Unemployed Bronx man wants to keep $5M lottery win a secret
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He’s the luckiest man in the city’s poorest borough, and he wants to stay that way.
An unemployed Bronx man — who doesn’t even have a bank account — became an instant millionaire last month when he scratched off a winning $5 million lottery ticket.
But the stuff of dreams quickly turned to panic when he went to claim his prize — only to learn that he can’t collect the windfall without taking part in a press conference that will let everyone in the neighborhood know he’s loaded.
Now the Norwood man plans on protecting his assets — and himself — by demanding that the state Gaming Commission, which runs the New York Lottery, keep his identity a secret from the predators he worries will steal or scam his newfound fortune. And if the commission doesn’t, he plans to sue.
“Where I grew up, everybody knows me. All these people would know and I’m afraid they might come for me,” the father of one told The Post.
“Everybody who knows me knows I’m too nice. And I don’t want to be taken advantage of.”
The former Little Caesars pizza worker bought the golden ticket at a Mosholu Parkway liquor store on April 24 while shopping for an outfit for his upcoming birthday.
The winning $5 million lottery ticket
But he forgot about it until he pulled his pants down while in the bathroom and saw it sticking out of his back pocket. He scratched all the numbers while sitting on the toilet and saw that he’d won — then methodically revealed the prize amount.
“I scratched from front to back. Five — it had a comma, so I’m like, it’s probably $5,000. Then it had another comma. My mind blew,” said the slightly built 24-year-old.
“I put the ticket down, and I just started jumping all over the house. I’m like, ‘I won $5 million!’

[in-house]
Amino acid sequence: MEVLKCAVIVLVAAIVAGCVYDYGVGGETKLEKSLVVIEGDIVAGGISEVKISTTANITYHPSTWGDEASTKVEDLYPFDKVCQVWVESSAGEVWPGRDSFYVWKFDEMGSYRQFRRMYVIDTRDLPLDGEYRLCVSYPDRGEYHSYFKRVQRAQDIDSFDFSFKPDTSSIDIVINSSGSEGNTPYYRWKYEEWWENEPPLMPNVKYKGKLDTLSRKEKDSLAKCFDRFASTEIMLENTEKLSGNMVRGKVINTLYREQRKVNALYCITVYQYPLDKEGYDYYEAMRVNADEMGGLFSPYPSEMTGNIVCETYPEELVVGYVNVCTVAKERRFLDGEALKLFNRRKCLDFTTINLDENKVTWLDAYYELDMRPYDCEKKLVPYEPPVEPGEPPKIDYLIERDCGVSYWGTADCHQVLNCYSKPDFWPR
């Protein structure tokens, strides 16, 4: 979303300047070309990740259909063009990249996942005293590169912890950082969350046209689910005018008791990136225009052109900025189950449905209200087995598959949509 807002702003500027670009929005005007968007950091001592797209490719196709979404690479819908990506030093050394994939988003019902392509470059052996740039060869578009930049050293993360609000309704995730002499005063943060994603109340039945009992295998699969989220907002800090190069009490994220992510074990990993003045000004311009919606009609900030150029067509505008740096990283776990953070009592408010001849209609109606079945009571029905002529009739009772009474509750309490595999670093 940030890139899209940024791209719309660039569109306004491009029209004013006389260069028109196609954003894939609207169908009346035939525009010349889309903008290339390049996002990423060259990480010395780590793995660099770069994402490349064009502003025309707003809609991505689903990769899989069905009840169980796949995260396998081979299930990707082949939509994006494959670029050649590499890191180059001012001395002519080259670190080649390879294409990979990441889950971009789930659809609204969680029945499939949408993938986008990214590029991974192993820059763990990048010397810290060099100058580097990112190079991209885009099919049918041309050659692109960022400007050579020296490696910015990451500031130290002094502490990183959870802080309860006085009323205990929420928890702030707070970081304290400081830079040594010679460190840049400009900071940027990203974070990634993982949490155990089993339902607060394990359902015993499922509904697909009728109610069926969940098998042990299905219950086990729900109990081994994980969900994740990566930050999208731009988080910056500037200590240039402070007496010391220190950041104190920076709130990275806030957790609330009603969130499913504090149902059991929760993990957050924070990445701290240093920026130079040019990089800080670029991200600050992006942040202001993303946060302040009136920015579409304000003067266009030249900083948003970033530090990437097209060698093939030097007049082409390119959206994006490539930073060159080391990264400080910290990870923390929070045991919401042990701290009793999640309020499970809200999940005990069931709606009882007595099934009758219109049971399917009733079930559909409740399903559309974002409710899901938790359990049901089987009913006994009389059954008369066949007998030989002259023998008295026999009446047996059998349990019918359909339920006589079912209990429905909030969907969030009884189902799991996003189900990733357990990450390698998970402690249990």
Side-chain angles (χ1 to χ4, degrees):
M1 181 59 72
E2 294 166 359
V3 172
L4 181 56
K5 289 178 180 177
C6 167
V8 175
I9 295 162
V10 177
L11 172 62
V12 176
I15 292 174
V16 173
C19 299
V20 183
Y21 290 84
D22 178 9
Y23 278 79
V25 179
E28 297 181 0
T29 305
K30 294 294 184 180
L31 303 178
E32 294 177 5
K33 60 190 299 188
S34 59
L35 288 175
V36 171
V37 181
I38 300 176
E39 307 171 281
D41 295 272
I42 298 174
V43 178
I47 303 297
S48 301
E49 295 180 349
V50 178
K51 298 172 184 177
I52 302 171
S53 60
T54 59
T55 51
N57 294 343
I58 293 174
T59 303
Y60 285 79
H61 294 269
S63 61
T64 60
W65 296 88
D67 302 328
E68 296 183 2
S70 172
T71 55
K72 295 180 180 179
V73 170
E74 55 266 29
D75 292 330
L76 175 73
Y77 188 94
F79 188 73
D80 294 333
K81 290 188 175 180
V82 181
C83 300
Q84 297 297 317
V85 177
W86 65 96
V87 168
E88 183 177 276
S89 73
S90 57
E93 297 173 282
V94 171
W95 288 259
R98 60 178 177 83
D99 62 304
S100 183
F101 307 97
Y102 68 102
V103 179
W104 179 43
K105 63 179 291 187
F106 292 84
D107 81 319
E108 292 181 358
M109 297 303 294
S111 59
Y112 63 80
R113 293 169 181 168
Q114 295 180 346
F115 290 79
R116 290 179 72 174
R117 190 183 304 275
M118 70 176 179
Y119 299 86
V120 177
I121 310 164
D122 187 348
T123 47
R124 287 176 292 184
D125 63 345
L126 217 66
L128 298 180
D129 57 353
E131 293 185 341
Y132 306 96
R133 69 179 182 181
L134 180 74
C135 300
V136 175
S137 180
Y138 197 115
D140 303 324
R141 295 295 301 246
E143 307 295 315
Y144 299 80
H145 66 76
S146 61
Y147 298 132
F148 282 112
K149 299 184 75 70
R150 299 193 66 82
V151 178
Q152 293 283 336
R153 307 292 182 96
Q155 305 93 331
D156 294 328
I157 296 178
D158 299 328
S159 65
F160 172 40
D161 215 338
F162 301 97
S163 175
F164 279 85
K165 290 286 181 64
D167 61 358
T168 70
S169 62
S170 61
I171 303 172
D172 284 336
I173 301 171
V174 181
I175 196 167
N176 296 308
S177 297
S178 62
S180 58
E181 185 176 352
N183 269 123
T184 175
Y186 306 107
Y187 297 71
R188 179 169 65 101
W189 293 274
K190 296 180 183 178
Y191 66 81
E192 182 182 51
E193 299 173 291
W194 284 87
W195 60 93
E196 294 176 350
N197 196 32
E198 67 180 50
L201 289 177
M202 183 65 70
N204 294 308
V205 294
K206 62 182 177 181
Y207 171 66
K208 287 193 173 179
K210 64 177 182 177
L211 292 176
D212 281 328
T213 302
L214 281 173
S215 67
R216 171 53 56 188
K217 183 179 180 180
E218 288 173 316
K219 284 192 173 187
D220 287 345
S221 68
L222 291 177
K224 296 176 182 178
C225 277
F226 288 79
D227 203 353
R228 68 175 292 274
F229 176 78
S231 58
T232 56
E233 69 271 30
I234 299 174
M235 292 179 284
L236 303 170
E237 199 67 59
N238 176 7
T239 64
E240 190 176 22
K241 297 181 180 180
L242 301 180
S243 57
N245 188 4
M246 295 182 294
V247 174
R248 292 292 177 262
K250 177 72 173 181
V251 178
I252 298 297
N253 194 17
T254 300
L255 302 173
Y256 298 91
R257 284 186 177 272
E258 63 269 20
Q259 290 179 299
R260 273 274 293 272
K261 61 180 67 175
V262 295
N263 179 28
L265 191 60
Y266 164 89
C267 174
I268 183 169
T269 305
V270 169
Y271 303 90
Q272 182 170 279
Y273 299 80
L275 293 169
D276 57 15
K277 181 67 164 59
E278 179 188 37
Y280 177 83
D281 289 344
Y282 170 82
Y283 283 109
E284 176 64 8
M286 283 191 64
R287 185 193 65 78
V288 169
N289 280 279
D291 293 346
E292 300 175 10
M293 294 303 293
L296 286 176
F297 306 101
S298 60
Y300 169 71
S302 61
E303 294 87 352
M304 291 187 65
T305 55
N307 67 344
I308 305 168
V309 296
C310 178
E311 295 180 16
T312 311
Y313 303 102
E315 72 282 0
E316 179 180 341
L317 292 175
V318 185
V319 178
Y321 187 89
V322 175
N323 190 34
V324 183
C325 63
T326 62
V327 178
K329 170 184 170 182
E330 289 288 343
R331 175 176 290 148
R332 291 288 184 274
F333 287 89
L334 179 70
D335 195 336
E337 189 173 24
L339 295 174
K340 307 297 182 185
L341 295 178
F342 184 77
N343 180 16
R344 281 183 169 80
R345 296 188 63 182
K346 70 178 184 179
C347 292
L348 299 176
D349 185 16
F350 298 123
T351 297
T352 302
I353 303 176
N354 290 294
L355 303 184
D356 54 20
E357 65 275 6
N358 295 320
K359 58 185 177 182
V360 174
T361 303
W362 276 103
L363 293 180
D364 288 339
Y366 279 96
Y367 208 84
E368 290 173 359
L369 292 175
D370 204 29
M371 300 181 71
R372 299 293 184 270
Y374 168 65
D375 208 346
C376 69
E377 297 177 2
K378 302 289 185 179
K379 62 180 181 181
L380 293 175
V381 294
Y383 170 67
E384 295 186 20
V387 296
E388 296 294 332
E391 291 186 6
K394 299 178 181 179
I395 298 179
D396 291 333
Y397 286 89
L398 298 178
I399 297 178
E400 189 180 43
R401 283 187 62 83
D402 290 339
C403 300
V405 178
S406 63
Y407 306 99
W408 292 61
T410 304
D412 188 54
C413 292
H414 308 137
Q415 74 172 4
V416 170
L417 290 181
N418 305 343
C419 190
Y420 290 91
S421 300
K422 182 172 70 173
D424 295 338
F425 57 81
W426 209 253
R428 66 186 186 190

“I just couldn’t believe it. It still doesn’t register — maybe it will when I have the money,” he added.
It was a life-changing moment for the lifelong New Yorker, who was raised by a single mom working two jobs, at McDonald’s and Burger King, to make ends meet.
He spent his childhood bouncing around different homes and moved out at 16 to ease the burden on his family, he says.
Now he wants to buy a house for his mom and another one for himself and his 28-year-old brother.
The unmarried dad also plans to set aside some cash for his 4-year-old daughter, invest $1 million for the future, and dreams of opening an auto mechanic garage.
But state lottery officials told him he can’t do any of that without first posing for photos with an oversize check at a press event on May 24 — something all New Yorkers who win more than $1 million in the lottery have to agree to before they can collect.
It’s even written on the back of the scratch card.
“In claiming the prize, winners must sign a claim agreeing to attend the press conference,” said state Gaming Commission spokesman Brad Maione. “We don’t have any provisions for anonymity.”An unemployed Bronx man — who doesn’t even have a bank account — became an instant millionaire last month when he scratched off a winning $5 million lottery ticket. ]]>